Meenakshi Dunga, 16, India

Act responsibly: Nurse our planet back to health

What can I say about climate change that hasn’t already been written, read or discussed? In school we learn about global warming daily from our textbooks; we attend lectures and presentations. The earth is a sick patient whose temperature is slowly rising. Her condition is worsening. So what can I – a 16-year-old who can’t decide what to have for lunch – say or do to make a difference? You might be surprised.

Although we are the caretakers of the planet, we have become too engrossed in our personal lives and our desire to succeed. Oblivious to the wounded world around us, we neglect our duties and responsibilities to the environment. We are quick to remember money owed to us and easily recall when the teacher was away, but we can’t be bothered to unplug appliances to save energy or plant a tree. We can climb Mount Everest, cure illnesses and land on the moon, but we can’t remember to turn off the light when we leave a room or to throw trash in the bin or separate it for recycling.

Many wake-up calls later, we remain asleep – or perhaps we choose not to be roused, thinking that other people will deal with the problem. But they won’t. Gandhi said, “We need to be the change we wish to see in the world.” This is our planet, and it is up to us to care for it. Nursing our planet back to health is our responsibility, for the greater good.

My brother and I fight every morning because I insist he take a five-minute shower, using 10–25 gallons of water, instead of a 70-gallon bath. As in the butterfly effect, our daily actions – even minute ones – have far-reaching consequences. They determine whether life on Earth will perish or flourish. Closing the tap while we brush our teeth saves up to 30 litres of water per day. Biking or walking just twice a week can reduce CO2 emissions by 1,600 pounds per year. Properly insulating our houses, thereby using less energy to heat and cool them, also makes a tremendous difference.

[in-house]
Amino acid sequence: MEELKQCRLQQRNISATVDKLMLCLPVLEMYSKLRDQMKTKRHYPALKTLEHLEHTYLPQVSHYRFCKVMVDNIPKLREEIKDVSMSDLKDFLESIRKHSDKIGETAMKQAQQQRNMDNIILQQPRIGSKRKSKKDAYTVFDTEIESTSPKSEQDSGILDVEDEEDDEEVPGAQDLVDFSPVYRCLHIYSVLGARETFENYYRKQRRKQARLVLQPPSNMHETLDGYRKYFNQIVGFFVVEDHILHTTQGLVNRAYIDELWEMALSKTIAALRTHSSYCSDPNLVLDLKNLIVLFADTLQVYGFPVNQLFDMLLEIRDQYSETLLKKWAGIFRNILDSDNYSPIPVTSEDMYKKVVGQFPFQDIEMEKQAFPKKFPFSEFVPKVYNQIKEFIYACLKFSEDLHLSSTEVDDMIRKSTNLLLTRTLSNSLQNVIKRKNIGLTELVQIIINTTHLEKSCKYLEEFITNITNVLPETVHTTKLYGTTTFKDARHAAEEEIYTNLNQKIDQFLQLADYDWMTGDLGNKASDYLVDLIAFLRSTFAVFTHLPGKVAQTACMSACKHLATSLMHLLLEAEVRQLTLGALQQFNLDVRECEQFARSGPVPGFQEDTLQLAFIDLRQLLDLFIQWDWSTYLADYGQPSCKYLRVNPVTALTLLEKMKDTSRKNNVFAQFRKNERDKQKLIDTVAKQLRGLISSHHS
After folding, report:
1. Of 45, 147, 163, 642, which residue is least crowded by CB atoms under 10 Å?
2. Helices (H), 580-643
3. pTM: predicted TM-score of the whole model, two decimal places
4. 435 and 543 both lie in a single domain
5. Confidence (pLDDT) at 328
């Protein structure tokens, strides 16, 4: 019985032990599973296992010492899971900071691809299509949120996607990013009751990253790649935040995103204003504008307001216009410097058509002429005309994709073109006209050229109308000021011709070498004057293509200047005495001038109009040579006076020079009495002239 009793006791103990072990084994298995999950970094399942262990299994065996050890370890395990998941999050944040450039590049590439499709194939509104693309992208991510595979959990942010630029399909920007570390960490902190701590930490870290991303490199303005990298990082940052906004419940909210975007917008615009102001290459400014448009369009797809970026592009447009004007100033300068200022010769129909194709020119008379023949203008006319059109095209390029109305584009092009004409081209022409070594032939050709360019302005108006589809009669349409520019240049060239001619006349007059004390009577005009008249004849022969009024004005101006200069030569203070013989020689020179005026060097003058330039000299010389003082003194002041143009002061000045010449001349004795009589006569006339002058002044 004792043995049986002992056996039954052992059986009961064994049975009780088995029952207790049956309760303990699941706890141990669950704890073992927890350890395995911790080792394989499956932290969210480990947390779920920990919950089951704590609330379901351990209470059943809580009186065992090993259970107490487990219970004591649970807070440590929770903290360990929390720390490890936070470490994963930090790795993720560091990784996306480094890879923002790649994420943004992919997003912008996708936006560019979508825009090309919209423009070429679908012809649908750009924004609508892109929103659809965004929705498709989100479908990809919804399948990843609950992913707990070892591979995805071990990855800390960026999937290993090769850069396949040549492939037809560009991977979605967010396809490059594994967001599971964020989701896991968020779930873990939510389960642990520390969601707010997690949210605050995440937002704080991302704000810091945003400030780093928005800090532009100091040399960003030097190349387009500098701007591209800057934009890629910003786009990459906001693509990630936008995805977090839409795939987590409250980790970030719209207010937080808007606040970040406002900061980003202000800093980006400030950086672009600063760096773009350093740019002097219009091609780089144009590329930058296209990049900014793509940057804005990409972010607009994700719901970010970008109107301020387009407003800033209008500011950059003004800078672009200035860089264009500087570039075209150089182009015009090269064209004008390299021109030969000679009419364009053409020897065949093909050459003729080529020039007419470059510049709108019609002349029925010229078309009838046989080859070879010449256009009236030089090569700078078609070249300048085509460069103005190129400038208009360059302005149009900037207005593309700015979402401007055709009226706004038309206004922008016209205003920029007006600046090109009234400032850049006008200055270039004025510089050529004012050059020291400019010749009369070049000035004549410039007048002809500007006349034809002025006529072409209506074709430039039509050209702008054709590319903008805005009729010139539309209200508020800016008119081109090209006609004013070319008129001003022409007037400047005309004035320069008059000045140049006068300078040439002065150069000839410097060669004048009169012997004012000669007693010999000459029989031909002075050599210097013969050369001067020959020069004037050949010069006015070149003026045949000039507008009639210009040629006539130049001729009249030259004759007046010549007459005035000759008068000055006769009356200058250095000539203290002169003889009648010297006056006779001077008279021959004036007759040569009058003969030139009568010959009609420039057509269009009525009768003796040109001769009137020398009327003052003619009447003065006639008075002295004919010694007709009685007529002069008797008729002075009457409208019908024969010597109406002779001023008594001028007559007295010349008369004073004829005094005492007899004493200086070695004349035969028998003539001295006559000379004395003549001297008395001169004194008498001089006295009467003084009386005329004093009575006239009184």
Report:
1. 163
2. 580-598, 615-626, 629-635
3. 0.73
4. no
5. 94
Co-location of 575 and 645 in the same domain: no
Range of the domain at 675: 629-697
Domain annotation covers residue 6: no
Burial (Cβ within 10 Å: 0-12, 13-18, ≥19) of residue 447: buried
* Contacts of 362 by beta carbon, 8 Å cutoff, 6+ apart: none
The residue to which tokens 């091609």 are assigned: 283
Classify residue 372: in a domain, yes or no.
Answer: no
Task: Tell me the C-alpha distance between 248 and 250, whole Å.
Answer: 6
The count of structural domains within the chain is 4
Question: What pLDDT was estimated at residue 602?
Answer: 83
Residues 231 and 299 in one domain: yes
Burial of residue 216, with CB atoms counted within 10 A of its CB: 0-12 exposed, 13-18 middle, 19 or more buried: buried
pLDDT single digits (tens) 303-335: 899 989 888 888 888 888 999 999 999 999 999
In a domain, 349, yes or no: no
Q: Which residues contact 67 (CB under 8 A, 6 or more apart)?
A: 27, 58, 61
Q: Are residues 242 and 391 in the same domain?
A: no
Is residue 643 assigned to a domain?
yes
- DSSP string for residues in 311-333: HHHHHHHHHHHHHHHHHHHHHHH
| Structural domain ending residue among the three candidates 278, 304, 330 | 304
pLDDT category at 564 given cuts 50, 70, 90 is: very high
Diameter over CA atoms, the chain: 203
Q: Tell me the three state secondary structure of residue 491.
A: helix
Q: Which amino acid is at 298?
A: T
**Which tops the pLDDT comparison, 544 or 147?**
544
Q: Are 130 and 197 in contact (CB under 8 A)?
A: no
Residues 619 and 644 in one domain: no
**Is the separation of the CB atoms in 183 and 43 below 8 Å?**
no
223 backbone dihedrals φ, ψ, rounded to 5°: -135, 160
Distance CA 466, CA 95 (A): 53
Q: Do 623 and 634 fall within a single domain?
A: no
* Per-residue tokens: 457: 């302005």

These small steps will help the earth, a patient who is struggling and who, I think, is eager to get well soon. We have to wake up and realize that we are accountable not only to ourselves but also to other Nature and future generations. Adolescents: Be more alert, active and engaged. I will continue to spread awareness to family members, friends and neighbours. We must respect our environment and keep it clean and safe. Who knows? One day, our patient might be cured, begin to thrive and become a greener, more beautiful place to live.

Meenakshi Dunga lives in Dwarka, New Delhi. Following her graduation, she plans to study medicine in India and become the best surgeon she can be. Meenakshi also enjoys singing, listening to music and caring for the environment.


The global state of adolescents; the challenges they face in health, education, protection and participation; and the risks and vulnerabilities of this pivotal stage are looked at closely in a series of panels in the report, available as a PDF.


Adults and adolescents were invited to give their perspectives on the critical issues facing adolescents in the 21st century.